Rather than drowning the "traitor" in the river, the revolutionaries chose to take Renoir to a neighboring town hall and have him shot by a firing squad. Fortunately, Commune commander Raoul Rigault identified Renoir as the man who had saved his life some years before (Rigault had begged Renoir for help when he was near-famine and in need of refuge, and Renoir had hidden him for several weeks from Napoleon III's police). Rigault saved Renoir's life by vouching for him.

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He is the father of Jean Renoir, a well-known filmmaker

Jean Renoir, widely regarded as one of the greatest auteurs of all time, directed over forty films, including La Grande Illusion (1937) and The Rules of the Game (1939). (1939). In 1962, Jean published Renoir, My Father, a biography in which he described the elder Renoir's lasting influence on his creative development.

He was the subject of many of his father's works, including the softly personal Gabrielle Renard and Infant Son Jean, alongside his brothers Pierre and Claude (an actor and a ceramicist, respectively) (1895-96). With cinematographer Claude Renoir, the Renoir family's artistic history continued into the following generation (son of Pierre).

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He was a cat lover

Many of Renoir's paintings feature cats, which are frequently used as symbols of parenthood and sensuality.

To keep himself warm as his health deteriorated in the latter decades of his life, he would often paint with one of the many cats that roamed his farm on his lap. In fact, the existence of cat hairs in the paint has been used by the Institut Pasteur in Paris to validate and date Renoir's late work.

Renoir began sculpting in the early twentieth century

Renoir began experimenting with new media during his final years at the advice of art dealer Ambroise Vollard.

His hands were nearly crippled at this time, so he enlisted the help of the young sculptor Richard Guino to bring his visions to life. Renoir cast about 15 sculptures with Guino's assistance.

NEOCLASSICISM VS ROMANTICISM

After a trip to Italy in 1881, his style changed

Renoir was lured to the vast traditions of classicism after studying the paintings of Raphael and other Renaissance masters.

His works from this period, dubbed "Ingresque" after French neoclassicist Jean-Auguste-Dominique Ingres, are distinguished by a more disciplined formal approach and an emphasis on the sculptural characteristics of his themes. Reclining Nude (1883) and Les Grandes Baigneuses (1883) feature classical figures against shimmering impressionistic surroundings (1884-1887).

Later in life, he developed painful rheumatoid arthritis, which forced him to make inventive changes to his painting style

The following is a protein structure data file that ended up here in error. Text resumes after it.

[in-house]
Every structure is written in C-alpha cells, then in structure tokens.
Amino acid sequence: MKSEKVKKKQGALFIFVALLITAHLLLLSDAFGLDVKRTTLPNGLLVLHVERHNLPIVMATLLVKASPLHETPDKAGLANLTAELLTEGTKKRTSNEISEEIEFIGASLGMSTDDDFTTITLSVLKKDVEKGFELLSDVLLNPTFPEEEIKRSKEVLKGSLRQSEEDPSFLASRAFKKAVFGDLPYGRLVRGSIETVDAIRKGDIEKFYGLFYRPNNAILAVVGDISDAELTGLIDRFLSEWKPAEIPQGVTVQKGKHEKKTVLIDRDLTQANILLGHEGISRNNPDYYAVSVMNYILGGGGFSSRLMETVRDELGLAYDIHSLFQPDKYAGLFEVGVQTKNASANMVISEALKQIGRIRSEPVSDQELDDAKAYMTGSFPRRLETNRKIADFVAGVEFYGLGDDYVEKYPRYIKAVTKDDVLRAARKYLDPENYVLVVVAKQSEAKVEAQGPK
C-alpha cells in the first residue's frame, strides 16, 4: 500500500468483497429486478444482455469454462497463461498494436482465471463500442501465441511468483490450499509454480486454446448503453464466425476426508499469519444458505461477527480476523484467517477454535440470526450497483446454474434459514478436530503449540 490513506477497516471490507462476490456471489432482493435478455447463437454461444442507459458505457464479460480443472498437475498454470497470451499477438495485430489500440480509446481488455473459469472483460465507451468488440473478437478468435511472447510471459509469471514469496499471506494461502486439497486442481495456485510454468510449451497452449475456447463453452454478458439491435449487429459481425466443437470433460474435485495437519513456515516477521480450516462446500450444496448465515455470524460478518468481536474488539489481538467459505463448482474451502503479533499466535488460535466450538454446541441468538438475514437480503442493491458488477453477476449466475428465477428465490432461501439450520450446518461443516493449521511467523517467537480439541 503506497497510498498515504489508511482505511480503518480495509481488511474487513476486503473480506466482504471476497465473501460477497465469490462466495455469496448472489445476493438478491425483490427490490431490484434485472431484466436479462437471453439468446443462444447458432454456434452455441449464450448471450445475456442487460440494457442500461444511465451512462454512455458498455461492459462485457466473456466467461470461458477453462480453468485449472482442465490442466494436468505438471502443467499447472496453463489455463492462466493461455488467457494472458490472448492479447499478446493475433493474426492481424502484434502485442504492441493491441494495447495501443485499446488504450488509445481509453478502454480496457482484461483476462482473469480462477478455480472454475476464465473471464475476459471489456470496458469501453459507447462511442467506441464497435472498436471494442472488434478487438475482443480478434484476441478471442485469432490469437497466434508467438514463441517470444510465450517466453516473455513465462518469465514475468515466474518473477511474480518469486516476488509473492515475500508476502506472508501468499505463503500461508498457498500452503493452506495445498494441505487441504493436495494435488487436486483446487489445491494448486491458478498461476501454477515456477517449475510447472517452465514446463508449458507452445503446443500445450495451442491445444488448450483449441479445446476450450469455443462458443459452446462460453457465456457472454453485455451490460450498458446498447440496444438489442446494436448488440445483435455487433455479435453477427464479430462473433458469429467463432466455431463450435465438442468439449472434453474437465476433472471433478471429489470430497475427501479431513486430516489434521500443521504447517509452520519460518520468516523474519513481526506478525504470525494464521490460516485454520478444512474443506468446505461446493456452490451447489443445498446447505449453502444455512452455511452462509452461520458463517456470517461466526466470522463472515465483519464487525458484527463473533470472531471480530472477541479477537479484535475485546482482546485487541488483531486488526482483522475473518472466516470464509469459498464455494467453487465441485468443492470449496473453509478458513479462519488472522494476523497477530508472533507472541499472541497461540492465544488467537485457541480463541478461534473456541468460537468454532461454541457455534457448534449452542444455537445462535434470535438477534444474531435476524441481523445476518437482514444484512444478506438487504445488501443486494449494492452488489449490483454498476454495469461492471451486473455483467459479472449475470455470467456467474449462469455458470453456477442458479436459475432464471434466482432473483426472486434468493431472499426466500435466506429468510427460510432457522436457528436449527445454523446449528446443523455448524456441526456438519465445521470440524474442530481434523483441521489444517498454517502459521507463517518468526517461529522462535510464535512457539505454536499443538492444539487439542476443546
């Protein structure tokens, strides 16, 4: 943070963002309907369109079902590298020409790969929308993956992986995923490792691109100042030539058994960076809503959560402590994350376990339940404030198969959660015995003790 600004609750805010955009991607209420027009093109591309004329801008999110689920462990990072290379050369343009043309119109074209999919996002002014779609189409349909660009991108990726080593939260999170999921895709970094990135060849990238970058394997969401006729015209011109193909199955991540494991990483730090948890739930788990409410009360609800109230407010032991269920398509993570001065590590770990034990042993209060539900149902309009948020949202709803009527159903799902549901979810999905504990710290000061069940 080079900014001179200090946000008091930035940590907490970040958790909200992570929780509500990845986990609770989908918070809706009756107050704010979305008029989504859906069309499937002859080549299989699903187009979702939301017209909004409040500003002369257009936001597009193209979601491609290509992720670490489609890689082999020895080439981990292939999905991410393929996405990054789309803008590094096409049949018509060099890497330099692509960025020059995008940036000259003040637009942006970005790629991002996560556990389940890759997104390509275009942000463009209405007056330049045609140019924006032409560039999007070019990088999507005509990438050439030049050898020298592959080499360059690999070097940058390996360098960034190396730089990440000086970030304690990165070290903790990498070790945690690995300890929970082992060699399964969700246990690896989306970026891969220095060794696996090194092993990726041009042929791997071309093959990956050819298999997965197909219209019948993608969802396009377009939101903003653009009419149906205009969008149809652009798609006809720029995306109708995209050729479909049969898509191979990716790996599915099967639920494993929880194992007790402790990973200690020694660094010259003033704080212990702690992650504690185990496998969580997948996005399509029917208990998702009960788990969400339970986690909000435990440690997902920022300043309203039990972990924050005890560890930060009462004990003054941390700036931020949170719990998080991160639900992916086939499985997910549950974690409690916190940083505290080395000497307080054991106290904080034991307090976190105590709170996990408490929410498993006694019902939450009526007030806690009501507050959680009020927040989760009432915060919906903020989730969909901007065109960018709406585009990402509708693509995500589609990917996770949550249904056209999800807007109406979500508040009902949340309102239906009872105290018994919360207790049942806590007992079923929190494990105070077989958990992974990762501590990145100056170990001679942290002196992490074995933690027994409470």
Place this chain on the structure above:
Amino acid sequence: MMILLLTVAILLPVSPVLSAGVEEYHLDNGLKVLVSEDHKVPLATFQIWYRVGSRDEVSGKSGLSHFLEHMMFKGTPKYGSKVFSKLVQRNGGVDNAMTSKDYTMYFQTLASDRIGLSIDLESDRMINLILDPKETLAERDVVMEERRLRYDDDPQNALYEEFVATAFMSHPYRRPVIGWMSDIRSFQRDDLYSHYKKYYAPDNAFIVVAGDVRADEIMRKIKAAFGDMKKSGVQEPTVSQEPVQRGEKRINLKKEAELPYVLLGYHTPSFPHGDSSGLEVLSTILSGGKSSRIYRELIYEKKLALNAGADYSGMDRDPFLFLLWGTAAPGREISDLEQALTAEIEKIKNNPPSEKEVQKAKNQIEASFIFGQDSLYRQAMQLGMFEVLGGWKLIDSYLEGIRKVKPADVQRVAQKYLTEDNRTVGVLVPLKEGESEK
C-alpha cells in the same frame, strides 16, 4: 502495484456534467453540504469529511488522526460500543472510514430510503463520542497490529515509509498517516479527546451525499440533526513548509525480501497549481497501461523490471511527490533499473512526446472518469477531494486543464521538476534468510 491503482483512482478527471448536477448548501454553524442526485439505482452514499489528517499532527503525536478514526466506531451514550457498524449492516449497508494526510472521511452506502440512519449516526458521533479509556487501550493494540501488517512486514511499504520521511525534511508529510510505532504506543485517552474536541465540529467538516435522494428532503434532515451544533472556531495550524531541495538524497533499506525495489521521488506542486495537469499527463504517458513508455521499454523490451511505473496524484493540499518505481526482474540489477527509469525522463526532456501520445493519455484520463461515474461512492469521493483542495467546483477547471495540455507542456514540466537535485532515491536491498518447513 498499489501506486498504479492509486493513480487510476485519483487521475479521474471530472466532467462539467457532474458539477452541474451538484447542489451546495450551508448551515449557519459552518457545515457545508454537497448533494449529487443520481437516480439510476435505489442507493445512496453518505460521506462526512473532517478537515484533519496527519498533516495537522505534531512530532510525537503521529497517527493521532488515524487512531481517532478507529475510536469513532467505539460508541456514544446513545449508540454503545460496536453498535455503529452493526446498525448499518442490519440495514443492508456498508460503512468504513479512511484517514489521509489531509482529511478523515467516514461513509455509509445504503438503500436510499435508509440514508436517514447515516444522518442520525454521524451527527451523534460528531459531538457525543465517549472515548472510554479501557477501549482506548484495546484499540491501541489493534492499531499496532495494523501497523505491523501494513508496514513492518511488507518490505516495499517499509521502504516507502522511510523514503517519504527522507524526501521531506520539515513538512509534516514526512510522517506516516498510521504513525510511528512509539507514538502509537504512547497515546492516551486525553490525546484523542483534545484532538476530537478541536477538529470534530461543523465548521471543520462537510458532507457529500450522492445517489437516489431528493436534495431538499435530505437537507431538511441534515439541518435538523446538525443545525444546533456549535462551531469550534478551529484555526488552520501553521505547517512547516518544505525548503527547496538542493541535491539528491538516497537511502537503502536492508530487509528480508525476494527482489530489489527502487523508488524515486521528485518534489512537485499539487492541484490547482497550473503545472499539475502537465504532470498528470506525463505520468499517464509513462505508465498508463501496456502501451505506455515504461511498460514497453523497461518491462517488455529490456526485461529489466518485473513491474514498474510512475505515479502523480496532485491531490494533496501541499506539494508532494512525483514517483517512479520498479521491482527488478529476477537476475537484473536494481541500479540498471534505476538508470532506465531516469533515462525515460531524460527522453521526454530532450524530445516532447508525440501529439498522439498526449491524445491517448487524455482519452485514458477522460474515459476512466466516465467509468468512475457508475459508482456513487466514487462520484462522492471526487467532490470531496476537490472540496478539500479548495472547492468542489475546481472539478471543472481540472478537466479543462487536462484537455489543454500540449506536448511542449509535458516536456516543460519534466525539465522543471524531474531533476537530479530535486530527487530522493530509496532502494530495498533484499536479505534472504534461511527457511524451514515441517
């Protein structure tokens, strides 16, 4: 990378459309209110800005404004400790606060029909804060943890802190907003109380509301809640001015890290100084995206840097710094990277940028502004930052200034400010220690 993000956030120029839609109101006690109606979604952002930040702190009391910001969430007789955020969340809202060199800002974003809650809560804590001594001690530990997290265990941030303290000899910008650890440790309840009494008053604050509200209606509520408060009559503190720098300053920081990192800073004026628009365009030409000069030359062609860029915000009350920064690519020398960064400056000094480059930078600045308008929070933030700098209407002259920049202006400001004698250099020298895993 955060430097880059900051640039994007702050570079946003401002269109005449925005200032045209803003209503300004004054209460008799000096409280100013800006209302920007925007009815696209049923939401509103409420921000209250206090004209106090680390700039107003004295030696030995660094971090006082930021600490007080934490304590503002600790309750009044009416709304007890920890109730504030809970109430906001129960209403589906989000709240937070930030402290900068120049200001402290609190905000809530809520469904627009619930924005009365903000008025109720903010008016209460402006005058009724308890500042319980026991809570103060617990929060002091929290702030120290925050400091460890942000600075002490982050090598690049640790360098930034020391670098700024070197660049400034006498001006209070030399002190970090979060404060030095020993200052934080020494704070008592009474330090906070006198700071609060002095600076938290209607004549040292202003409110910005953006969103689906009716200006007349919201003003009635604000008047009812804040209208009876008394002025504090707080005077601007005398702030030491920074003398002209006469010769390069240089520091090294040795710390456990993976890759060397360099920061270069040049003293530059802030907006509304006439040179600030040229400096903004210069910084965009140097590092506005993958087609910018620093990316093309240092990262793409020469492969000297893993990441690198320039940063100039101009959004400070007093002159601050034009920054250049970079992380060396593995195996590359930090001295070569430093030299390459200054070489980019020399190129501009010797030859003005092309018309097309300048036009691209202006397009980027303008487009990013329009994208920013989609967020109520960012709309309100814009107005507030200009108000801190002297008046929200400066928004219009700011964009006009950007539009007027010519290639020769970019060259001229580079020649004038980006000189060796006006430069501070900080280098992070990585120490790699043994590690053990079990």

Renoir had arthritis in 1892, resulting in gradual abnormalities of his hands, ankylosis of his elbows and wrists, and eventually severe mobility limitations. Renoir's illness, of course, forced him to change his tactics. He relocated to Cagnes-sur-Mer, near the Mediterranean shore, where he indulged in spa treatments regularly.

Photographs of the artist show him holding his paintbrush with his hands wrapped in bandages to prevent skin irritation; a palette was attached to his wheelchair, enabling it to rotate freely from side to side; and a framework of horizontal cylinders and a crank would allow him to access different sections of larger canvases while seated. Renoir stays true to painting despite his failing physical state, stating, "The anguish goes, but the beauty remains."

Renoir's work is unabashedly devoted to the pursuit of beauty and sensuality

Nicolas Poussin Paintings
Nicolas Poussin Paintings

Renoir's work is notable for its adherence to his audaciously opulent style, whereas other Impressionists were more engaged in formal study and social critique.

"To my perspective, a painting should be something pleasant, cheery, and lovely," Renoir justified his creative choices. Yes, it's lovely! There are already too many disagreeable things in life without adding to the list."

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Renoir had a specific color theory, rarely using blacks or browns in his paintings

When compared to the majority of the art world at the time, the painters had an entirely new view on shadows, because of a color theory he discussed with Monet. Shadows were not black or brown to them, but rather a reflection of the items themselves, making shadows colorful.

Renoir was a founder of the Impressionists, but after 1877 he stopped exhibiting with them

Renoir and several like-minded painters (notably Claude Monet, Edouard Manet, Edgar Degas, Paul Cezanne, and Camille Pissarro) founded the Unknown Society of Painters, Sculptors, and Engravers, popularly known as the Impressionists, after being rejected by the conservative Salon de Paris.

In 1874, the group had their first exhibition, at which Renoir displayed six paintings. He returned to submitting pieces to the Salon after exhibiting with the Impressionists at their second and third shows. Renoir, by this time a renowned and also in painter, raised doubts about the Impressionist aesthetic's long-term viability.

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Renoir's politics were exposed in the Dreyfus Affair, which split France from 1894 to 1906

The unjust treason sentence of Alfred Dreyfus, a French military officer of Jewish descent, sparked the scandal. The anti-clerical, pro-Republican Dreyfusards and the pro-Army, mostly Catholic anti-Dreyfusards were split by the political crisis that ensued.

Renoir, along with the notoriously anti-Semitic Degas, belonged to the latter party; others, such as Monet and Pissarro, were certain of Dreyfus' innocence. In 1906, new evidence exonerated Dreyfus by identifying French Army major Ferdinand Walsin Esterhazy as the true traitor.

Top 10 Most Famous Paintings by Pierre Auguste Renoir